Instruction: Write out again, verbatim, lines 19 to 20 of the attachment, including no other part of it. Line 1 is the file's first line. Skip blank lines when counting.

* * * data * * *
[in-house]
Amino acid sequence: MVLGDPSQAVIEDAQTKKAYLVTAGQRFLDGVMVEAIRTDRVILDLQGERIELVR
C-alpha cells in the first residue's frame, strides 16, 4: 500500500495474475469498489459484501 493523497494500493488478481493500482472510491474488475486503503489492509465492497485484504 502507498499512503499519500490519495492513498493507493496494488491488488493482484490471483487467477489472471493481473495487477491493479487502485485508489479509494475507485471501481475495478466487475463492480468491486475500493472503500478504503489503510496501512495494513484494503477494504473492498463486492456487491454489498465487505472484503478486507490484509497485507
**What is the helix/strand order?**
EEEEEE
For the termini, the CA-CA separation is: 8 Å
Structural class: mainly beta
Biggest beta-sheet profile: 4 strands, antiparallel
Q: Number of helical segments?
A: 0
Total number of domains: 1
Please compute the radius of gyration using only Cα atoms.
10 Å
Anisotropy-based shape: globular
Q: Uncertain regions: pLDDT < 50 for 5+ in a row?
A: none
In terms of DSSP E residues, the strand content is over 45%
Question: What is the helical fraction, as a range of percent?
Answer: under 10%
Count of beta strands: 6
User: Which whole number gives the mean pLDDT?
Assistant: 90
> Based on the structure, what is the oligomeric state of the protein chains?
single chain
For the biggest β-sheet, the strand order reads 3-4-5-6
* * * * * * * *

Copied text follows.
Answer: under 10%
Count of beta strands: 6